Ms O'CONNOR - Tasmanians were not aware of it.
CHAIR - Ms O'Connor.
Ms O'CONNOR - Sorry.
Mr GUTWEIN - Regarding this matter, certainly Tasmanians weren't aware of it to the extent that they were in early October this year - I will concede that.
Ms O'CONNOR - You'll do better in future.
Mr GUTWEIN - There will be immense interest in this matter moving forward and I want the Government to be as transparent as we possibly can be, noting that there are natural justice factors that need to be considered as we work our way through each individual redress claim.
Ms O'CONNOR - Who will be feeding into the terms of reference for the commission of inquiry? I am sure you have had a look at the Department of Health's terms of reference for the LGH inquiry and they are quite limiting. Is there going to be any opportunity for survivors and families to feed into the terms of reference in the early stage or will it be coming back to parliament? Can you outline how people have an opportunity to feed in?
Mr GUTWEIN - My expectation, and I spoke with the Solicitor-General on a couple of occasions over the weekend on this matter, is that we will draw from the existing inquiries which go to the processes and what occurred in how these matters were managed within departments. There will need to be an opportunity for survivors and others that want to make submissions to the commission of inquiry.
My view is that I don't want to see it fetter anyone. It needs to build on the work of the royal commission and the hearings that were conducted in Tasmania through that process, and obviously the other submissions that were received. I don't want it to be an inquiry that simply duplicates that work. I don't think any of us would find that to be useful. With any inquiry it's about the what, why and the how.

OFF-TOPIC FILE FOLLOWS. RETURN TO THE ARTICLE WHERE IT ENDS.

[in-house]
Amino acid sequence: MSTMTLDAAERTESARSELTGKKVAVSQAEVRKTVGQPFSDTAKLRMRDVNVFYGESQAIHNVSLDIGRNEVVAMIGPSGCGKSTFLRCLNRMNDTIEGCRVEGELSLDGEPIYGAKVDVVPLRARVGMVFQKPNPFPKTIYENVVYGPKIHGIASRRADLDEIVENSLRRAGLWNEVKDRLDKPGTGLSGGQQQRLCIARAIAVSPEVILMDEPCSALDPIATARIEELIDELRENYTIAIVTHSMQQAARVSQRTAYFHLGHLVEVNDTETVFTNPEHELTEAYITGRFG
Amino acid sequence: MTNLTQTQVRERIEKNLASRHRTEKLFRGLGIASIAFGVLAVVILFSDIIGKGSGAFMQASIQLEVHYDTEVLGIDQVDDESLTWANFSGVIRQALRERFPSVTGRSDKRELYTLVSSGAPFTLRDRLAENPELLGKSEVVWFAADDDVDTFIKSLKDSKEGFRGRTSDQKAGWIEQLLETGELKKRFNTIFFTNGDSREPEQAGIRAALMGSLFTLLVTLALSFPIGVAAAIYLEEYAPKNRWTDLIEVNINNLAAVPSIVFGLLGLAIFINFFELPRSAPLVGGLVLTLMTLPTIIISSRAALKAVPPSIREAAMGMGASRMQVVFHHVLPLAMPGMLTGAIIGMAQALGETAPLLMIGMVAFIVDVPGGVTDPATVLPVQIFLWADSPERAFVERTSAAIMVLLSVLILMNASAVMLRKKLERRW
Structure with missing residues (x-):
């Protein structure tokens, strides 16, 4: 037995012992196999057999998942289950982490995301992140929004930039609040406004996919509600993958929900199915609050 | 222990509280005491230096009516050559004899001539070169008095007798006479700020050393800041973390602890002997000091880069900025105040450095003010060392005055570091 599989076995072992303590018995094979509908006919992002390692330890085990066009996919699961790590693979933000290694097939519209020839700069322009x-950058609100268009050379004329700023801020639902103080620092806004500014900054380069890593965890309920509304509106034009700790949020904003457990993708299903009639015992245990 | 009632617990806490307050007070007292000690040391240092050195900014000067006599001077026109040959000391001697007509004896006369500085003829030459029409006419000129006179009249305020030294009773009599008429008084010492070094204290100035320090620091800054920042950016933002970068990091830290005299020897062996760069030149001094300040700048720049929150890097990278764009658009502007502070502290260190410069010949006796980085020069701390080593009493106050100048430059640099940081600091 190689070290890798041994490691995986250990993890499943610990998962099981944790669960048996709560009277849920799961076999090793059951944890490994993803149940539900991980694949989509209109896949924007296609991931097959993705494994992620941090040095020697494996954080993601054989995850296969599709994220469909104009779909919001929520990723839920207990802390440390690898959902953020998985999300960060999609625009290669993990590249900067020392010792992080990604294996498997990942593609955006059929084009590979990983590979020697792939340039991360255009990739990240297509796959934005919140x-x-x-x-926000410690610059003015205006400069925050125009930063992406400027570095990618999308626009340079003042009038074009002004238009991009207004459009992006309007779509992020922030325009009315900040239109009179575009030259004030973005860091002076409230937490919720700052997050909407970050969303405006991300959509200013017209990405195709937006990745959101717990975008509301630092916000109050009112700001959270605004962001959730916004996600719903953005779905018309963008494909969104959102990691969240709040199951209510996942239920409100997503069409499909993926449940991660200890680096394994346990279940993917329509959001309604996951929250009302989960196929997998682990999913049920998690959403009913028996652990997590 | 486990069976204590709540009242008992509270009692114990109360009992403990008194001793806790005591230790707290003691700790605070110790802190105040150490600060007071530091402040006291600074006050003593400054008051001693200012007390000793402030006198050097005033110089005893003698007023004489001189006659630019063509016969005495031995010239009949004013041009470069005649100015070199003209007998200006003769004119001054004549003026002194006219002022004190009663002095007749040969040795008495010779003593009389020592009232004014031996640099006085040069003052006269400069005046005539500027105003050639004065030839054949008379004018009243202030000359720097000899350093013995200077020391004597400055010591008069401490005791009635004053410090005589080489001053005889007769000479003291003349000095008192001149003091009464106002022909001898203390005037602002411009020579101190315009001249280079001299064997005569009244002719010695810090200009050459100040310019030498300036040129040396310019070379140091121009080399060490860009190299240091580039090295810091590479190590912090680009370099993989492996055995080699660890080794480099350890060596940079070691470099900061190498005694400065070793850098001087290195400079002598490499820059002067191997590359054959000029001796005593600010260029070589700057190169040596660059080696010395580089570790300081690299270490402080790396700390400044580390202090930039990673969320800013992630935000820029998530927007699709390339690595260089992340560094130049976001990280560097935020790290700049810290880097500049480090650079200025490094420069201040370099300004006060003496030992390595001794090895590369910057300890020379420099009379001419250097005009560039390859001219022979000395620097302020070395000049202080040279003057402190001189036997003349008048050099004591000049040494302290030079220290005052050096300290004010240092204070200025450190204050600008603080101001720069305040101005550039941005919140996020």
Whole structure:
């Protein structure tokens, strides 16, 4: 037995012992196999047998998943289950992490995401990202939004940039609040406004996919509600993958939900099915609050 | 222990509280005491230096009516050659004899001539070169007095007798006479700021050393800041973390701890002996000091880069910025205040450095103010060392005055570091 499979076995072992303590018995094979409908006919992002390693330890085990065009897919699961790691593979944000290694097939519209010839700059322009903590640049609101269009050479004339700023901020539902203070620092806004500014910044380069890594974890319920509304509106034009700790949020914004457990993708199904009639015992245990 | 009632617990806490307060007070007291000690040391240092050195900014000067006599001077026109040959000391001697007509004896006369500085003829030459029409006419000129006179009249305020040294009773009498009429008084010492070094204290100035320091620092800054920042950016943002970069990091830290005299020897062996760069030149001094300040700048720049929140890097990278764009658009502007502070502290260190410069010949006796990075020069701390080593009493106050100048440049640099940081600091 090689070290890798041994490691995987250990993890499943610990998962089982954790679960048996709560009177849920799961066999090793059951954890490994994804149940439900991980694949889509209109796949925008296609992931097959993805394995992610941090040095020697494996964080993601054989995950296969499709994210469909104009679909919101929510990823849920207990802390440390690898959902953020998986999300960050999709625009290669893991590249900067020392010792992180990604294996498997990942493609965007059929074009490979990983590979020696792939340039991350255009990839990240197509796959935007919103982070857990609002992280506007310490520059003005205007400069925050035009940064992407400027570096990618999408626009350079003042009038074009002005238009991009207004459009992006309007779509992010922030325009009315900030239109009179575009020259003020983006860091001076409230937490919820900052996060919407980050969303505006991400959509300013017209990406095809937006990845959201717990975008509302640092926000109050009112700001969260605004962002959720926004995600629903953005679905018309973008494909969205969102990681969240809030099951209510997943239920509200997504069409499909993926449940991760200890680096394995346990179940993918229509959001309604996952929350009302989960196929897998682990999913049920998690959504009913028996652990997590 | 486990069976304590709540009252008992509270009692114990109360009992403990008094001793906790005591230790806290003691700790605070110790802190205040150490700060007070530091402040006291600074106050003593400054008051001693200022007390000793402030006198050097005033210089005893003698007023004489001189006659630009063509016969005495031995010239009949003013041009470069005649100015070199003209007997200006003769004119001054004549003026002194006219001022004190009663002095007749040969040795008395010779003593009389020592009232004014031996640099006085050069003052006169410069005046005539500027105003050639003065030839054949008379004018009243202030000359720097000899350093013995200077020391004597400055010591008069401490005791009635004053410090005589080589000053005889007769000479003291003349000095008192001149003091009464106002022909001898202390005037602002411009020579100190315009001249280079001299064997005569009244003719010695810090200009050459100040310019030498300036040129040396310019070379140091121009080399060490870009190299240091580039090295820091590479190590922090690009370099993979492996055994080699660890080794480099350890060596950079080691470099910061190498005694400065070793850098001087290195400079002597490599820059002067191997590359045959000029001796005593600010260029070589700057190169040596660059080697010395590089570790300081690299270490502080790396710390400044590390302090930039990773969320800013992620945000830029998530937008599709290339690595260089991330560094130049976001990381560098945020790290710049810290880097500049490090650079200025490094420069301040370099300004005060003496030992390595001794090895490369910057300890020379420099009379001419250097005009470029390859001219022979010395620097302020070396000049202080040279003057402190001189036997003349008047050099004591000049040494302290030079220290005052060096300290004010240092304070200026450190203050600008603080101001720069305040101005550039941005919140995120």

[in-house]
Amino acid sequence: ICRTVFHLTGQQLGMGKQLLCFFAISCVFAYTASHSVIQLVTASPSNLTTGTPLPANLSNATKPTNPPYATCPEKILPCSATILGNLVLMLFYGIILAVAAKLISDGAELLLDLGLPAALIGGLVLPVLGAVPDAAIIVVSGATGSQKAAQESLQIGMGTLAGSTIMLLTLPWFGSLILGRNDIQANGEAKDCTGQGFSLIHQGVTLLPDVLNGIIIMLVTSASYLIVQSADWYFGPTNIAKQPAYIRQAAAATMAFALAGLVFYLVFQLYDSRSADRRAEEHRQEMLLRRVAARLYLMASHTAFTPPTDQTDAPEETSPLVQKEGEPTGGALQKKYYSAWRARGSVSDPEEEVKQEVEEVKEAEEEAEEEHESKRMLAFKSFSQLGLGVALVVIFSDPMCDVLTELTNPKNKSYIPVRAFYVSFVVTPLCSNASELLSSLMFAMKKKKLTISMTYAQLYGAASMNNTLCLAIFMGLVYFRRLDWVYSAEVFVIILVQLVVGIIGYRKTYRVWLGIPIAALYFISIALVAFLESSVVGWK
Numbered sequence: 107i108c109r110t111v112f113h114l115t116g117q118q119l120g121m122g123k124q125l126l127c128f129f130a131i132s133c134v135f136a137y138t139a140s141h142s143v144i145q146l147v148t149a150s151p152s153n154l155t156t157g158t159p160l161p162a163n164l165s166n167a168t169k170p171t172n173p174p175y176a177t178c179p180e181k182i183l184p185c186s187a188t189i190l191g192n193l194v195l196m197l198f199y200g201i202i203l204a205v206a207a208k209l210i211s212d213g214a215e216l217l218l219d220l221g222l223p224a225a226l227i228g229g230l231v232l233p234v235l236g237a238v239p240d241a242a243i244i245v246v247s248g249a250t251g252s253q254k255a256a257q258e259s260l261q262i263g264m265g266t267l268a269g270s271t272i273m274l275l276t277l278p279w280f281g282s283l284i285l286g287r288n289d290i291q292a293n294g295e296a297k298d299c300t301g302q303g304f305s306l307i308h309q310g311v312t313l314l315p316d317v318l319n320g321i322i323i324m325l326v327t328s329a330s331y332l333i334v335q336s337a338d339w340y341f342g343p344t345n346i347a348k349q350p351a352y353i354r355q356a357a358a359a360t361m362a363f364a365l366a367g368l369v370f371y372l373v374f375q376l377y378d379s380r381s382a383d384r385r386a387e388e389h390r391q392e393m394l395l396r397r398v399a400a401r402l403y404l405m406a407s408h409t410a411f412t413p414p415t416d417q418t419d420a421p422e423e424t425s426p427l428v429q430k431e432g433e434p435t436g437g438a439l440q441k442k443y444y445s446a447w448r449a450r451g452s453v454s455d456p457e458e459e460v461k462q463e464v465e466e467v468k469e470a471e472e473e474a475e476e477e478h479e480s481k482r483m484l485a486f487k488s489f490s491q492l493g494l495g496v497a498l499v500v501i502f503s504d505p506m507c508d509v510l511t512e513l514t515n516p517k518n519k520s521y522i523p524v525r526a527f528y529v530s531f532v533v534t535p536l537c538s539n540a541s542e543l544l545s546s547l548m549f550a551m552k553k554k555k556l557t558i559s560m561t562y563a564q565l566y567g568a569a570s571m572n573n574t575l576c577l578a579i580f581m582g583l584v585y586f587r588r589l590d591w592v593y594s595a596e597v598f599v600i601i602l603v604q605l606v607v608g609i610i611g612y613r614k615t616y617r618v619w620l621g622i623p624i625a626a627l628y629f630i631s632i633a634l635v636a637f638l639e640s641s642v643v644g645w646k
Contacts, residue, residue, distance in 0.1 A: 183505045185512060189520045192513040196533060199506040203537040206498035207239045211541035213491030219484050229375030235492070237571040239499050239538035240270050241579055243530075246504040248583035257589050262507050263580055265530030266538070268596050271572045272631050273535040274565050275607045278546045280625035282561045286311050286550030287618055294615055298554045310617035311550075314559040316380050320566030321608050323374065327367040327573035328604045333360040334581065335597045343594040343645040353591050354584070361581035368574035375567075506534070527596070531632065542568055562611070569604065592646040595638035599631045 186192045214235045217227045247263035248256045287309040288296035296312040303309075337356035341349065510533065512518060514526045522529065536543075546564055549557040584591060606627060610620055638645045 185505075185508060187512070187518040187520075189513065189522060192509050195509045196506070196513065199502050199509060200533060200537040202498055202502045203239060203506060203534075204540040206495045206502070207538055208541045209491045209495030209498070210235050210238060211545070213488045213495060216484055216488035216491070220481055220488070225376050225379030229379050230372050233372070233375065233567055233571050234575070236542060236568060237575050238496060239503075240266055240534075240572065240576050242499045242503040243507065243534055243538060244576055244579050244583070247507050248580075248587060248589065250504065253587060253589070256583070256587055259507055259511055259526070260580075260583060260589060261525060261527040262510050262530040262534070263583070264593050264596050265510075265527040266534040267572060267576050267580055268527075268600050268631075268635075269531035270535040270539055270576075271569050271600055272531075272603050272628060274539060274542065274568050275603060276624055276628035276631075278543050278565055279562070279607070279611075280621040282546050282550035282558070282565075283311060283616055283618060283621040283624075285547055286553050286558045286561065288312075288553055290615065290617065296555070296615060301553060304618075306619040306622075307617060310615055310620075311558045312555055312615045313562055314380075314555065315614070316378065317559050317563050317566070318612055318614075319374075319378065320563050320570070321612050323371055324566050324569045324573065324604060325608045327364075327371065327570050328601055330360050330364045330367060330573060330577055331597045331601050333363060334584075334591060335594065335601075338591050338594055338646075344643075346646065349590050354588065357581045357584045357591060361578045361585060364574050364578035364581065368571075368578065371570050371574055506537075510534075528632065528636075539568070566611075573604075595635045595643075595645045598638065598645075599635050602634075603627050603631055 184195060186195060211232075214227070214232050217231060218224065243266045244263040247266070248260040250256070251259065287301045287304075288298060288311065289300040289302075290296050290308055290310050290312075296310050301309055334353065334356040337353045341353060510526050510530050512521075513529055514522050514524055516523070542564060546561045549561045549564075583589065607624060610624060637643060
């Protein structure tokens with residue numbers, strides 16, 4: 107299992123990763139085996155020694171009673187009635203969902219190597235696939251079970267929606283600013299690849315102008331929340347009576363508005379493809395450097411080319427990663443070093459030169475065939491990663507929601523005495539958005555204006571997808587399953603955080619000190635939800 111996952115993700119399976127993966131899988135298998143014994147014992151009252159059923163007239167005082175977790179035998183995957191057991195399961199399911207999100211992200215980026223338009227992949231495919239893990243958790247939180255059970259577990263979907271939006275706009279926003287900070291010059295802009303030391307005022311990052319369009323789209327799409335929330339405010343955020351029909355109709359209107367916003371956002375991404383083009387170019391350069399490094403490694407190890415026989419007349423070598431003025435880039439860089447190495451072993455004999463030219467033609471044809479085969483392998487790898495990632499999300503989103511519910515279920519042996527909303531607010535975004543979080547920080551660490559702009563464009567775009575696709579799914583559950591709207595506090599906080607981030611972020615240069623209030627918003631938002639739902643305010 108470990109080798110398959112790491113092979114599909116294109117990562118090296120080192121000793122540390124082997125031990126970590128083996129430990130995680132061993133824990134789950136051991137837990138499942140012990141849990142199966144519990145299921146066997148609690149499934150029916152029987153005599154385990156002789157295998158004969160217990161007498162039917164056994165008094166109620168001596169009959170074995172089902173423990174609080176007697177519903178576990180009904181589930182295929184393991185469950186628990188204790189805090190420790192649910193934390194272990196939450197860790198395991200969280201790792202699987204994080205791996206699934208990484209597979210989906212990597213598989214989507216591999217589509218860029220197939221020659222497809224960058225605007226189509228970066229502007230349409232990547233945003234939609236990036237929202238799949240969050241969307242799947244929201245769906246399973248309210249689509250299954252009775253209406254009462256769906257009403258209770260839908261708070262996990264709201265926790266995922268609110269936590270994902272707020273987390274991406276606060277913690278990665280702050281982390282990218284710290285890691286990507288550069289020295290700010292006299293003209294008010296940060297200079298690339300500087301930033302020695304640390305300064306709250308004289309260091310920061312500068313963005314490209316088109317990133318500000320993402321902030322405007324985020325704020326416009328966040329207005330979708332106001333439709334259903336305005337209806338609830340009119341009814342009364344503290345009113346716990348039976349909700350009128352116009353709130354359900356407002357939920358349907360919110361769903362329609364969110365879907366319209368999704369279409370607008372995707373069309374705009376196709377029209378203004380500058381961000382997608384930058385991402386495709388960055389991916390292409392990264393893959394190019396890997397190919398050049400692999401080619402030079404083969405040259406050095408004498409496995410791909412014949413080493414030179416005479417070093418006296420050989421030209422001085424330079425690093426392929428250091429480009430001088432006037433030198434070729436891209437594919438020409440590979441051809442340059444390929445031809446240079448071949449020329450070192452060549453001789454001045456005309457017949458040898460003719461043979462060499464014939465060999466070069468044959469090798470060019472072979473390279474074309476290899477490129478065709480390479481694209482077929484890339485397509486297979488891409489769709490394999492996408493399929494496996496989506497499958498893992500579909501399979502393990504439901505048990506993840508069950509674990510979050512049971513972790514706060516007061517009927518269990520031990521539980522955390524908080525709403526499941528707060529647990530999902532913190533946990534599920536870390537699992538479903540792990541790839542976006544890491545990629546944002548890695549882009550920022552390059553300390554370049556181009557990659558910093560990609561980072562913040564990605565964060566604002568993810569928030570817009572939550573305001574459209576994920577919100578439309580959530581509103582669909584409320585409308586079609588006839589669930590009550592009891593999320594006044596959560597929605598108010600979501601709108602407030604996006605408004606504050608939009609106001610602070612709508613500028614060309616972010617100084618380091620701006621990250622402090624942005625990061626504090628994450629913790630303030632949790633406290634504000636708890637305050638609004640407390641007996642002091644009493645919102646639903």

Ms O'CONNOR - And perhaps the who?
Mr GUTWEIN - The who and the powers to compel. I think the what's been well-established. The abuse occurred. We understand that. For those who still feel that they haven't had the opportunity to be heard I want to provide them with that opportunity. Importantly, what we need to understand is the how and the why and, as you say, the who. What happened? Was there a failure of process? Was it more than that over time? This inquiry needs to get to the bottom of that.
Ms O'CONNOR - I would be really happy to hear from the secretary. A reminder to the committee that the royal commission did not examine what happened in state settings. That's why, while the commission of inquiry will build on that, it will actually deal with the whole different cohort of potential victims.
Ms GALE - Through you, Premier. As the Premier outlined in his opening statement, the existing reviews will be transitioned to the commission of inquiry. The work's that done initially on drafting the terms of reference will need to make sure that those matters are taken into account as well as being broadened to pick up the issues that the Premier has outlined about the how and the why and the who, as you've indicated. We would normally seek legal advice on those given the nature of the commission of inquiry. It's also important that the terms of reference define the parameters, particularly if there are current legal proceedings in train in some matters. They will need to be assessed by our legal advisers in relation to the nature of the terms of reference. Whether they would be consulted on will be a matter for Government. We will be providing advice in the coming weeks to Government about the way in which we believe we need to proceed.
Ms O'CONNOR - Premier, what's your understanding of what the time line of the inquiry will be? When are hearings likely to commence? When do you expect a final report to be handed down and tabled in parliament?
Mr GUTWEIN - I'd like to see this conducted over a 12-month period. It's important to build on the work of the royal commission, but ensuring that we can get to a set of recommendations quickly then this should be conducted over a 12-month period. Over coming weeks we will work on the terms of reference. Regarding the commissioners, I think the three people who have been selected to conduct the inquiries may be able to transition in as commissioners. We need to have that conversation with them. I think that they all have significant expertise.
Ms O'CONNOR - Would you like to name them for the committee. Perhaps the Premier could name those three people for the committee. Tim McCormack, Maree Norton -
Mr GUTWEIN - I've got Maree Norton and Professor Smallbane . Thank you.